Here is the link to the obituary for Ruth Ellen Maness.
It is my privilege and honor to call Ruth a friend. She has been my friend for many years. I have watched her befriend and help so many others as well. I can’t remember when we first met, but I'm sure it was at the Family History Library, where she spent so many hours, weeks, months, and years. Even after retirement, she continued to volunteer there, to help patrons with their research questions. Ruth was the testing administrator for The International Commission for the Accreditation of Professional Genealogists. She held accreditation for multiple countries as well.There are always a few visible and highly acclaimed individuals in every profession and avocation. Ruth was quiet and modest but she spent almost her entire life helping others find their ancestors. Her knowledge of German and Scandinavian resources was encyclopedic. She was truly one of the greatest researchers I have every met or worked with. She will be sorely missed by those of us who knew of her greatness. I have found, over the years, that the real heroes of genealogy are usually the quiet, unassuming people who go about helping others without recognition. Ruth was certainly one of the greatest of these.
Ruth was a huge support for and encouragement to us as we contemplated holding that first Expo in St. George, Utah, so many years ago. She always supported family history events and the opportunity to share her knowledge with others.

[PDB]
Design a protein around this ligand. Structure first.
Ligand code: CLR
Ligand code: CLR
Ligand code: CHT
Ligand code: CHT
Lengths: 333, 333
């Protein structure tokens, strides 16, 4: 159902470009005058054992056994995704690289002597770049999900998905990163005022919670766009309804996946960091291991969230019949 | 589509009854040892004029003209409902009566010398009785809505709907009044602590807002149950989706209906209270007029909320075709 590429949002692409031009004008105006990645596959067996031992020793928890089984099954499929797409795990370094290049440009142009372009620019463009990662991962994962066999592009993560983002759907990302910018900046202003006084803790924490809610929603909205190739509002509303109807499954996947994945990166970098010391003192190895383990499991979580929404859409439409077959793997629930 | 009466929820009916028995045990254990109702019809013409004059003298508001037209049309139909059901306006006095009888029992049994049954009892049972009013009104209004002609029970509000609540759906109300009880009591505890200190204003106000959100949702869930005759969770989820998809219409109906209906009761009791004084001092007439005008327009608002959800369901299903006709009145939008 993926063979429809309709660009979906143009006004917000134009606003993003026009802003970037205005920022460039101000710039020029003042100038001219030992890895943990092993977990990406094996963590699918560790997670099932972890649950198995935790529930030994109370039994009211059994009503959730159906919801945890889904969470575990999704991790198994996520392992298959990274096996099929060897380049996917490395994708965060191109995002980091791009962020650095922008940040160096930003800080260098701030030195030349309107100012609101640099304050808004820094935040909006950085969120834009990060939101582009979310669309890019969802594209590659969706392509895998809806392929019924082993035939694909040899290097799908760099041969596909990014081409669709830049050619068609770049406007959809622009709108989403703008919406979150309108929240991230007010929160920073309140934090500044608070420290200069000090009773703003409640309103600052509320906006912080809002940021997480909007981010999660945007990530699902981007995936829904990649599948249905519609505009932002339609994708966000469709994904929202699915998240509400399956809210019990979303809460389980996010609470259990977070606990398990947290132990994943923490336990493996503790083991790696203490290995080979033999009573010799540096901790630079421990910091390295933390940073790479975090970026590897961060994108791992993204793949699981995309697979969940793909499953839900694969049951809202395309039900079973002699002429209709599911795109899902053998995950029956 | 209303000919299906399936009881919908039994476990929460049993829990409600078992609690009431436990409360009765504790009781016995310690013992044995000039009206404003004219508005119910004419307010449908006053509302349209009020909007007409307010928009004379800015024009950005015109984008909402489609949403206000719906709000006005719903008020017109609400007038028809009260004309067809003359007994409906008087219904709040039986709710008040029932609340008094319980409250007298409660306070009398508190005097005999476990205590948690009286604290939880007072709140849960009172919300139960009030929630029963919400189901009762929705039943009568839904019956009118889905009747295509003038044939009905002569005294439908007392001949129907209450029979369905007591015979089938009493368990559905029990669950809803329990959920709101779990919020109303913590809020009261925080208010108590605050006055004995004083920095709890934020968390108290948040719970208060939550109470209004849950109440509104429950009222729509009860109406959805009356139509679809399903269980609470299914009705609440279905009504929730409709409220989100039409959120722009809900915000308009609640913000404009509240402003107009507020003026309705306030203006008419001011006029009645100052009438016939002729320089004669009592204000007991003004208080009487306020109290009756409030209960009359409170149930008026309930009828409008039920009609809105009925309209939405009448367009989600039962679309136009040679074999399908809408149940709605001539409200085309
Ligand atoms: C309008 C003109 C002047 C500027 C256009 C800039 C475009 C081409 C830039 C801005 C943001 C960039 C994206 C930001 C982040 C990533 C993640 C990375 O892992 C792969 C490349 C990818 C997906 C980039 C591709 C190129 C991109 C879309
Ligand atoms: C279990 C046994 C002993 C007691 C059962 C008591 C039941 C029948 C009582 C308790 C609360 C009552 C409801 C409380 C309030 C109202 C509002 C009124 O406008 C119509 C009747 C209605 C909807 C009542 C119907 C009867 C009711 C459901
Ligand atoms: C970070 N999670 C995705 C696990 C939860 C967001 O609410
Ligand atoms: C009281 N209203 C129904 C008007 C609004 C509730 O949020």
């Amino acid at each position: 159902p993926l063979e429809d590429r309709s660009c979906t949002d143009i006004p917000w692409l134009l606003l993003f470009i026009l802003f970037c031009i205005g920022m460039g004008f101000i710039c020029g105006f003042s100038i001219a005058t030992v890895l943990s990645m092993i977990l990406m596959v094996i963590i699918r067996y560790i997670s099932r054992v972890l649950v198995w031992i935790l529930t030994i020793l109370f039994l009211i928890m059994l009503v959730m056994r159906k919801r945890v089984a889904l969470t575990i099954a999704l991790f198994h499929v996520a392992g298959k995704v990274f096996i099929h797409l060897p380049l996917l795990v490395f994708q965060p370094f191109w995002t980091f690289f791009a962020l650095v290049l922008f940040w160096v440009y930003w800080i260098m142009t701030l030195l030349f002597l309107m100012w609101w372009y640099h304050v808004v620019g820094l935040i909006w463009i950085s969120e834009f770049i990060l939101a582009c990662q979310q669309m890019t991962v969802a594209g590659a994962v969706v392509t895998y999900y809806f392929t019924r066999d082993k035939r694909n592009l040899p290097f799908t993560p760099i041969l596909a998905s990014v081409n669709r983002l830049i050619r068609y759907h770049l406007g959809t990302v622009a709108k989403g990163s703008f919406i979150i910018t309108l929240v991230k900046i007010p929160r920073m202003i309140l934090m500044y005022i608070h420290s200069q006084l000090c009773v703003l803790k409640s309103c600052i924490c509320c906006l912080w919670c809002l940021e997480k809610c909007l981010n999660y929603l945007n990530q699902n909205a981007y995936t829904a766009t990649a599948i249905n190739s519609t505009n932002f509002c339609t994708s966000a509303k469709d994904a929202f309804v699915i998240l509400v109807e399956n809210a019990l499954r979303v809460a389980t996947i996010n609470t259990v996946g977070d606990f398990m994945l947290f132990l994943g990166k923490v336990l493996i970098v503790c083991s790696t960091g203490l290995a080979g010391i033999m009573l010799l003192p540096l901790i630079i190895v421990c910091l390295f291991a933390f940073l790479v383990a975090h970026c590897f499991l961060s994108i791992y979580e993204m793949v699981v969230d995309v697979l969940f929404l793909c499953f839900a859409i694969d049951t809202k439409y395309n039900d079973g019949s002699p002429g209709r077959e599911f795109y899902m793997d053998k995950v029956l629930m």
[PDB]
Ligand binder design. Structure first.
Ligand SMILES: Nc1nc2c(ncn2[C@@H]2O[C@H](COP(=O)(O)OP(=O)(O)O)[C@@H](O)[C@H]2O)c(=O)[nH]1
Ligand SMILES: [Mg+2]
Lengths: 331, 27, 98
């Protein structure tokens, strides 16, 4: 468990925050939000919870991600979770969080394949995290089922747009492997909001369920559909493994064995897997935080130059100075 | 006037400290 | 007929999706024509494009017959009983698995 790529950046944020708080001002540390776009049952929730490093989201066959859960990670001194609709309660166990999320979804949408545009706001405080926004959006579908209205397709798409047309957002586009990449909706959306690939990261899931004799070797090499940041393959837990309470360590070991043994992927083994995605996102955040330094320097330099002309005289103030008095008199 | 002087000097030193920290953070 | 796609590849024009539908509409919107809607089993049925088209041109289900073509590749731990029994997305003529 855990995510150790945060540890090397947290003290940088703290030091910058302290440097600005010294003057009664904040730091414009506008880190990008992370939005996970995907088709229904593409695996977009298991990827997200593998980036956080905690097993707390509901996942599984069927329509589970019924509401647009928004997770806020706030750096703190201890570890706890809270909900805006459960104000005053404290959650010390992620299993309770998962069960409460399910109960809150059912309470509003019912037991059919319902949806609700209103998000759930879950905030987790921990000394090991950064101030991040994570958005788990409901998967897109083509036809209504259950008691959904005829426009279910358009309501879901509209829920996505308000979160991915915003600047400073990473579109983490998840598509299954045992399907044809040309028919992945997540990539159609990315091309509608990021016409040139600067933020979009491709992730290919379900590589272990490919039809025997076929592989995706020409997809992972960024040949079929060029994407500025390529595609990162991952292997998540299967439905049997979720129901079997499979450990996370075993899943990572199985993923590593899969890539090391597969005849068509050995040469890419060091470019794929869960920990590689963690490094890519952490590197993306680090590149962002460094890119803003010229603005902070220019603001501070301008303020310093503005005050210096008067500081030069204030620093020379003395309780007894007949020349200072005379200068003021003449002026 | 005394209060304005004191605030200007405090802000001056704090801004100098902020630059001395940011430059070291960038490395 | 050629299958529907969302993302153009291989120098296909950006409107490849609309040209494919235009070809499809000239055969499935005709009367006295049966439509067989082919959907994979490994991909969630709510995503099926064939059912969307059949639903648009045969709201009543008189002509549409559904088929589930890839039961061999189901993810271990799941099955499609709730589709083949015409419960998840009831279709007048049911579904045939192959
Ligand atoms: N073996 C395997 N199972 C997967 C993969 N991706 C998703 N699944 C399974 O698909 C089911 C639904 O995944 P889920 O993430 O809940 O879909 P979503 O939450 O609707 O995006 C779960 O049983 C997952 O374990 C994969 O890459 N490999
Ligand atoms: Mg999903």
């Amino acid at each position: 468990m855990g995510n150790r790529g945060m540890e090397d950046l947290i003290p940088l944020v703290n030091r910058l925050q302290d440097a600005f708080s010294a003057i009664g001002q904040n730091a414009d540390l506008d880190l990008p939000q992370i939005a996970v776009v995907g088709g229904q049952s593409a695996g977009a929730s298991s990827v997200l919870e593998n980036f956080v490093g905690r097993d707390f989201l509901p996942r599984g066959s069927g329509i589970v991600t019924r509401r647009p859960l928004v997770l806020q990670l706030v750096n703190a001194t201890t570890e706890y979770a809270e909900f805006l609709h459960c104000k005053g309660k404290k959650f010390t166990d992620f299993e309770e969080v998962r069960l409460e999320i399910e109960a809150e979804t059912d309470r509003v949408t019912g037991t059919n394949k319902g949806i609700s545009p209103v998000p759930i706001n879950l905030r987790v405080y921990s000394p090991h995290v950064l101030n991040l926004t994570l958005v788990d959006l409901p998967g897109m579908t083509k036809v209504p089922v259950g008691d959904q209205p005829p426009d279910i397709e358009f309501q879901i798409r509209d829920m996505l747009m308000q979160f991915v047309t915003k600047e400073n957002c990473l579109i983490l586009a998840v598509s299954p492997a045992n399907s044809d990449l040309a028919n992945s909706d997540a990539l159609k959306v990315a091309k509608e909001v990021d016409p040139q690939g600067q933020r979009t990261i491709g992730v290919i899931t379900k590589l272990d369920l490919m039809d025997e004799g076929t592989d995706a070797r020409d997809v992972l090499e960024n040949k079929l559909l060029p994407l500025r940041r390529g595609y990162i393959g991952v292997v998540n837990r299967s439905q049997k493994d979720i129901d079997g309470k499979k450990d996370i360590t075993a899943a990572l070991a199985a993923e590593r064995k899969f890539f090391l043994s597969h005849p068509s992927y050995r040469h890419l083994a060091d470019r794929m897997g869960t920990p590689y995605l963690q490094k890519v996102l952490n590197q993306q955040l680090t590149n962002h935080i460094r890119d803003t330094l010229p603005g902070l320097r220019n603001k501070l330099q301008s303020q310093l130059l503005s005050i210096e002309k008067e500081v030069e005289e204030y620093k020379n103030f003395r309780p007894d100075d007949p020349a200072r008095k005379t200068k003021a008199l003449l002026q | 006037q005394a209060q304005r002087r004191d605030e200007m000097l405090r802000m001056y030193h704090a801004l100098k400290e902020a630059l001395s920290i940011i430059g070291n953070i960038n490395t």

Since retiring from FamilySearch a few years ago, she has traveled with us extensively throughout the United States. She has written and contributed to several Research Guide books for the benefit of researchers for years to come. Ruth was a pillar in the genealogy community and will be sorely missed.
|The Flat Earth Model https://en.wikipedia.org/wiki/Wikipedia:Why_Wikipedia_cannot_claim_the_earth_is_not_flat|
The narrative fallacy addresses our limited ability to look at sequences of facts without weaving an explanation into them, or, equivalently, forcing a logical link, an arrow of relationship upon them. Explanations bind facts together. They make them all the more easily remembered; they help them make more sense. Where this propensity can go wrong is when it increases our impression of understanding.Genealogists are particularly susceptible to the narrative fallacy. The distinguishing feature of a narrative fallacy is its believability. Even without realizing it, genealogists tend to be selective in the sources they accept and reject those that do not fit within their preconceived narrative. Once the genealogist has made his or her selection of the facts, the narrative becomes the new reality and any other interpretations of the same factual background are rejected.
Yes, I know there is a written record for Nathan Tanner showing Elizabeth as his mother. Also in his will, he mentions Elizabeth as "my beloved mother." This is obviously wrong and I might add, is a very common occurrence in the very early colonial records.The writer of this email is trying to justify rejecting both a birth record and a written will in an attempt to establish a different mother for Nathan Tanner. In effect, the writer is ignoring two separate and independently maintained historical records in order to justify a preconceived conclusion. This is, in essence, the narrative fallacy.